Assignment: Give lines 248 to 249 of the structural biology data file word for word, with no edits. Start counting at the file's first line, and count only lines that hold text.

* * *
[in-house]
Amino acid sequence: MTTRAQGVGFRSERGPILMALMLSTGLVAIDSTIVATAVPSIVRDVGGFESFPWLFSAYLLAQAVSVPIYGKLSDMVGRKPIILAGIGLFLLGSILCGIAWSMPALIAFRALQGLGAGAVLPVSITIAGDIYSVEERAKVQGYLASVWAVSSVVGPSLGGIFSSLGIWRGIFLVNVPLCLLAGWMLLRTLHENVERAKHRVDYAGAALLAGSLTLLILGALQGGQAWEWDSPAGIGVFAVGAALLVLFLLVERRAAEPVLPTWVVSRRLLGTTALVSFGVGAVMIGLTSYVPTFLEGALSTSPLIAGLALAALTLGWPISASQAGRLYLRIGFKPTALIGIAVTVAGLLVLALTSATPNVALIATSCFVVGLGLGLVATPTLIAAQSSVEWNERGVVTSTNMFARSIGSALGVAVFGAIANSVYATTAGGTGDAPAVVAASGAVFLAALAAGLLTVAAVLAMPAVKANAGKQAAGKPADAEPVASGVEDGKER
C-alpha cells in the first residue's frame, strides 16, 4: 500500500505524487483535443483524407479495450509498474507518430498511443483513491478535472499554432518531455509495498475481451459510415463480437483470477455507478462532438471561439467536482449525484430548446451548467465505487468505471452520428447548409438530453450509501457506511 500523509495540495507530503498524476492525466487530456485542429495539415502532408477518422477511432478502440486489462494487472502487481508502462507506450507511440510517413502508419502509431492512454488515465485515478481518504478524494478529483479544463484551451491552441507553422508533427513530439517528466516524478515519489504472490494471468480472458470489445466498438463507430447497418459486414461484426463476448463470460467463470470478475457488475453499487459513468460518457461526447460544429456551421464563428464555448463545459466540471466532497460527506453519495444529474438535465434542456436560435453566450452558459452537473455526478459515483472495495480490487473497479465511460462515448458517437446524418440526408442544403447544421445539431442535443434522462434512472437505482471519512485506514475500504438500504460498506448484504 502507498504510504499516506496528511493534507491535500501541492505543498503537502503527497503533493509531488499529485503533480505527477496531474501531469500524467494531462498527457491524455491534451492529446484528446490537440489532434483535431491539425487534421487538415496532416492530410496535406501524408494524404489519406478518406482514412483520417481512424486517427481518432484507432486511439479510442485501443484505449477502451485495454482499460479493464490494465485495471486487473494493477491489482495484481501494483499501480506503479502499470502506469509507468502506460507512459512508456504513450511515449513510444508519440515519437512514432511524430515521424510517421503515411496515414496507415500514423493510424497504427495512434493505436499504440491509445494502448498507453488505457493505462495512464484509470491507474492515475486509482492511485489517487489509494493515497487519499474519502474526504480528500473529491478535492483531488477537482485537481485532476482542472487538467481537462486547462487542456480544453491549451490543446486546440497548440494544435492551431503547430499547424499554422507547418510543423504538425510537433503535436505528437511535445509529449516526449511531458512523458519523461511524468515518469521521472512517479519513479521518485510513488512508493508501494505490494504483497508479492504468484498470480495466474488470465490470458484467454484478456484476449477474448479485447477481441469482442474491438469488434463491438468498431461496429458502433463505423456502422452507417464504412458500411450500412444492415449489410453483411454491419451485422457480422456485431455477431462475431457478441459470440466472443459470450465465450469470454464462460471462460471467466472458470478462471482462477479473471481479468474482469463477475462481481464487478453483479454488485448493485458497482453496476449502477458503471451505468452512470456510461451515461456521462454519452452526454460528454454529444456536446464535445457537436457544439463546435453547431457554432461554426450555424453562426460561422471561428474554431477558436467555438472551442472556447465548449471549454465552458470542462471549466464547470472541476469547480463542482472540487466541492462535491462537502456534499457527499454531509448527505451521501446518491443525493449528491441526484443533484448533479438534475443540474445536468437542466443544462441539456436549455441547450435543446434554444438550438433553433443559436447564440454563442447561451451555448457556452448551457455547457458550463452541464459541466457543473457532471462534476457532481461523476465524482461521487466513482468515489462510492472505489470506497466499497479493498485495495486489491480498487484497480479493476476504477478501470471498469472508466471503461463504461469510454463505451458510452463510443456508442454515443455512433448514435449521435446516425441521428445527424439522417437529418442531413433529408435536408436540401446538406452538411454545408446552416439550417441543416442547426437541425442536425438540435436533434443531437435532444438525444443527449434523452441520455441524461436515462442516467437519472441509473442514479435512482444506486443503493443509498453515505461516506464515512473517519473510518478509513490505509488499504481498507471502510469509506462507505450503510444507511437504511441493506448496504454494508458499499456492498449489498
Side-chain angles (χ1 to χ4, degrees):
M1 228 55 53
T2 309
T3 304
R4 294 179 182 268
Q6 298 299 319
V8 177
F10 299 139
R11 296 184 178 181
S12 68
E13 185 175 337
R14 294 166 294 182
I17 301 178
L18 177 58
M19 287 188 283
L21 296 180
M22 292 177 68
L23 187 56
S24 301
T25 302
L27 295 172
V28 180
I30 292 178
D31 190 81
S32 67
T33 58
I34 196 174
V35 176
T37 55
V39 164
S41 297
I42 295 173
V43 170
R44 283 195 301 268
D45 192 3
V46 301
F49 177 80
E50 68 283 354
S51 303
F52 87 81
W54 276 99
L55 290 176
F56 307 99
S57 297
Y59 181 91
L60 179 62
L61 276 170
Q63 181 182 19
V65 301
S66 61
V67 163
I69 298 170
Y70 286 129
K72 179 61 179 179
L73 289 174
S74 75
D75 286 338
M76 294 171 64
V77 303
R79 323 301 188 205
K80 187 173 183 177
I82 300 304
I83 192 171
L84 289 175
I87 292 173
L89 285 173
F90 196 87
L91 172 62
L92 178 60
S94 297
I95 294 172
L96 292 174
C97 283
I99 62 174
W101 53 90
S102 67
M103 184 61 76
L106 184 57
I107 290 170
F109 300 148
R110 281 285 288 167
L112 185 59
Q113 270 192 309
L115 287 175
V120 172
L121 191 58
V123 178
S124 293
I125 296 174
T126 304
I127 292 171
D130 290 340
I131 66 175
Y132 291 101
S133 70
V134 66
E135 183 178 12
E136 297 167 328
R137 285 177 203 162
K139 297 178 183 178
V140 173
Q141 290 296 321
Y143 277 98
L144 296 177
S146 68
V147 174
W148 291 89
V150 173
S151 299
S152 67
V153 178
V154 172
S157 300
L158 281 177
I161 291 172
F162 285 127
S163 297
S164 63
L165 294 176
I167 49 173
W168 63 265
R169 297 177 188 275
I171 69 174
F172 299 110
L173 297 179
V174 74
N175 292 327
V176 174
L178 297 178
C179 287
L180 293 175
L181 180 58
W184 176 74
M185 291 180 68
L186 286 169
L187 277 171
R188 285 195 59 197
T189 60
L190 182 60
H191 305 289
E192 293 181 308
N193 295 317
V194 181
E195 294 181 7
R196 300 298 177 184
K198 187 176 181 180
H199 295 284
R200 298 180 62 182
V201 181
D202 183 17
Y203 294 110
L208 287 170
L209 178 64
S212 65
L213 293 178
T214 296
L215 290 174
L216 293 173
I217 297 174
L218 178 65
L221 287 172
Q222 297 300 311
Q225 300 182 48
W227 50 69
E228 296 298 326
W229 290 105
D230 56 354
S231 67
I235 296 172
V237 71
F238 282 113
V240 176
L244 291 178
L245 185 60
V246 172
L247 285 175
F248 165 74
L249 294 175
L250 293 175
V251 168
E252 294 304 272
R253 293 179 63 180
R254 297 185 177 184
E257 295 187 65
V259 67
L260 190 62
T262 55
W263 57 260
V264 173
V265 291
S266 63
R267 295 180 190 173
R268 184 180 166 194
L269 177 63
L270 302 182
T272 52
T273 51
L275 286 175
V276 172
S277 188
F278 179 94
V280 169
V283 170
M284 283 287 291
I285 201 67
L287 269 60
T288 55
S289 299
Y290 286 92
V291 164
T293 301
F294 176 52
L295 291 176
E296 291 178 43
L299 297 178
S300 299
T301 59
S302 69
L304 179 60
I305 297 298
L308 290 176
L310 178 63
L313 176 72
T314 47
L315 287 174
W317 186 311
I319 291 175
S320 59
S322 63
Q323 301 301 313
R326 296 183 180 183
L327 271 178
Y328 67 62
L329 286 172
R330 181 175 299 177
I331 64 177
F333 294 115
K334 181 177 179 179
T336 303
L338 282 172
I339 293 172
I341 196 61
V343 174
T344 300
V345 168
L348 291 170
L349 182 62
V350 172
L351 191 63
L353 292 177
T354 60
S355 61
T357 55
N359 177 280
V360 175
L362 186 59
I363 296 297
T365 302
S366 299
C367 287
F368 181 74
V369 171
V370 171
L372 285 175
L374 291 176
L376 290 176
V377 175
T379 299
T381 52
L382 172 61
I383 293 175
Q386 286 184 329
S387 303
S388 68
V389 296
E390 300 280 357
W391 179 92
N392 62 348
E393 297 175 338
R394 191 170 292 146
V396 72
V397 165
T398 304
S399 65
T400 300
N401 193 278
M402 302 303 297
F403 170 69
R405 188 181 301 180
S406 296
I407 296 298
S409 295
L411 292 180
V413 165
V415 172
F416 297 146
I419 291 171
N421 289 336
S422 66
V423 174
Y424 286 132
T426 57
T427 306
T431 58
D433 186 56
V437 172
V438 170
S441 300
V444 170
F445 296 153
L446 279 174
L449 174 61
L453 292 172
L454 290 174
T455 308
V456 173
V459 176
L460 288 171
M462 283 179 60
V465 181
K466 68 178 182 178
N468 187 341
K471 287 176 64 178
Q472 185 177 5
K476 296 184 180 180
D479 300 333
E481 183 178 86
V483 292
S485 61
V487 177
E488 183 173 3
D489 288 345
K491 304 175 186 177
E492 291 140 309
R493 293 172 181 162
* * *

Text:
V345 168
L348 291 170